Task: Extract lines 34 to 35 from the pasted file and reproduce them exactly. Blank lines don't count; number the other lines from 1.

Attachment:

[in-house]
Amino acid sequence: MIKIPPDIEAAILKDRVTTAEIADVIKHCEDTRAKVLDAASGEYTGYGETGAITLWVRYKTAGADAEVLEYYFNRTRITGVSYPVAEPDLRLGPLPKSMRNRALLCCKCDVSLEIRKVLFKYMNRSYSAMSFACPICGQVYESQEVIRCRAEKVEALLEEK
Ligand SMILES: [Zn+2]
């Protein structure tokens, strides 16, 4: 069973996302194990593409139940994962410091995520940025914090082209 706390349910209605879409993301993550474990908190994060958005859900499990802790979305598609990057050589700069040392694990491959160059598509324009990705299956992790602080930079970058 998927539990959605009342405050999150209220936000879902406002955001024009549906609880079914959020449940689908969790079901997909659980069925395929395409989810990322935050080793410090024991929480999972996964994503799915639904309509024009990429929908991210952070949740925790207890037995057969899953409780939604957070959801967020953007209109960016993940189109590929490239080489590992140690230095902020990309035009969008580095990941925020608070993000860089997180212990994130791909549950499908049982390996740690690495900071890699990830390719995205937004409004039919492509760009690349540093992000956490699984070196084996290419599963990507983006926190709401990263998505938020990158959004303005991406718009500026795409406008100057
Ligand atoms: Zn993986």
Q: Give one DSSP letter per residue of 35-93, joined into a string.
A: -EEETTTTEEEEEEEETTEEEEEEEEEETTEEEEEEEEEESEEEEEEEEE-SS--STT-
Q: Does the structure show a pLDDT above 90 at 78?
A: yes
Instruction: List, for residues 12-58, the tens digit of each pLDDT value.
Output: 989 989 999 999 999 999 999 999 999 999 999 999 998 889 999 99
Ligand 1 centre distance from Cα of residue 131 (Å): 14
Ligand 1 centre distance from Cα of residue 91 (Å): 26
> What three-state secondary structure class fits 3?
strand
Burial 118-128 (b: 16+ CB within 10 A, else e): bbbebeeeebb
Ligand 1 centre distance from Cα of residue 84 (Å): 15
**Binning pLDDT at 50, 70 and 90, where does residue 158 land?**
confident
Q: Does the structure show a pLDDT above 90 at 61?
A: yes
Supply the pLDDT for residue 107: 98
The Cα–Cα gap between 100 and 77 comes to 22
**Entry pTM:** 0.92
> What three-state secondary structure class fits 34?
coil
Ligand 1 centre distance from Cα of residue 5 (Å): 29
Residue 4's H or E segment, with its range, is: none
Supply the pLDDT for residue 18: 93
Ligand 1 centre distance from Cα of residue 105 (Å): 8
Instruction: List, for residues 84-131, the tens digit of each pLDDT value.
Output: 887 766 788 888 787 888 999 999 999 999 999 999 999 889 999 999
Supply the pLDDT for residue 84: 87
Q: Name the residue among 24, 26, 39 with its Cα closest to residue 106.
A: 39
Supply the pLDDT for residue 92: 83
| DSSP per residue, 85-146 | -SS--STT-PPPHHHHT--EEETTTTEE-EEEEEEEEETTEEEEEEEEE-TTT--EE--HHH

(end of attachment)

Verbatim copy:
Q: Name the residue among 24, 26, 39 with its Cα closest to residue 106.
A: 39